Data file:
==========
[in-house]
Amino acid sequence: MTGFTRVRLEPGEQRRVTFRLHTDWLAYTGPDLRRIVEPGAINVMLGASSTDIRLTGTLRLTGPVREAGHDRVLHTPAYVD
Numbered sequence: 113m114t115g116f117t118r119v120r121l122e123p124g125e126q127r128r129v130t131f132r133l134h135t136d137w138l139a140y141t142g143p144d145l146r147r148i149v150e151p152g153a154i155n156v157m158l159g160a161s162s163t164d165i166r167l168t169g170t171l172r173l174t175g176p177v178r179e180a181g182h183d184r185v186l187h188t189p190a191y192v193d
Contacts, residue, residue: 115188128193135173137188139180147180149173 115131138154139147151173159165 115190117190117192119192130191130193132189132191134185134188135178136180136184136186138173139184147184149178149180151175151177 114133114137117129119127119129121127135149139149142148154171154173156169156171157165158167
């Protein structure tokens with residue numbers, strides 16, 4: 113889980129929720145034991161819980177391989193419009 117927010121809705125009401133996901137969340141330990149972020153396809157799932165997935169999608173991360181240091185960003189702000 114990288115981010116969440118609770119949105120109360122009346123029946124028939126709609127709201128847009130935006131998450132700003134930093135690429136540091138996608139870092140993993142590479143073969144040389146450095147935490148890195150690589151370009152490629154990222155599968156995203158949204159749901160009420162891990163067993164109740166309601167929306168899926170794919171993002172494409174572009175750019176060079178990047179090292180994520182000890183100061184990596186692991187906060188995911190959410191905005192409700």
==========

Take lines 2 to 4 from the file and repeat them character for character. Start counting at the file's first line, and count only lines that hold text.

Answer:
Amino acid sequence: MTGFTRVRLEPGEQRRVTFRLHTDWLAYTGPDLRRIVEPGAINVMLGASSTDIRLTGTLRLTGPVREAGHDRVLHTPAYVD
Numbered sequence: 113m114t115g116f117t118r119v120r121l122e123p124g125e126q127r128r129v130t131f132r133l134h135t136d137w138l139a140y141t142g143p144d145l146r147r148i149v150e151p152g153a154i155n156v157m158l159g160a161s162s163t164d165i166r167l168t169g170t171l172r173l174t175g176p177v178r179e180a181g182h183d184r185v186l187h188t189p190a191y192v193d
Contacts, residue, residue: 115188128193135173137188139180147180149173 115131138154139147151173159165 115190117190117192119192130191130193132189132191134185134188135178136180136184136186138173139184147184149178149180151175151177 114133114137117129119127119129121127135149139149142148154171154173156169156171157165158167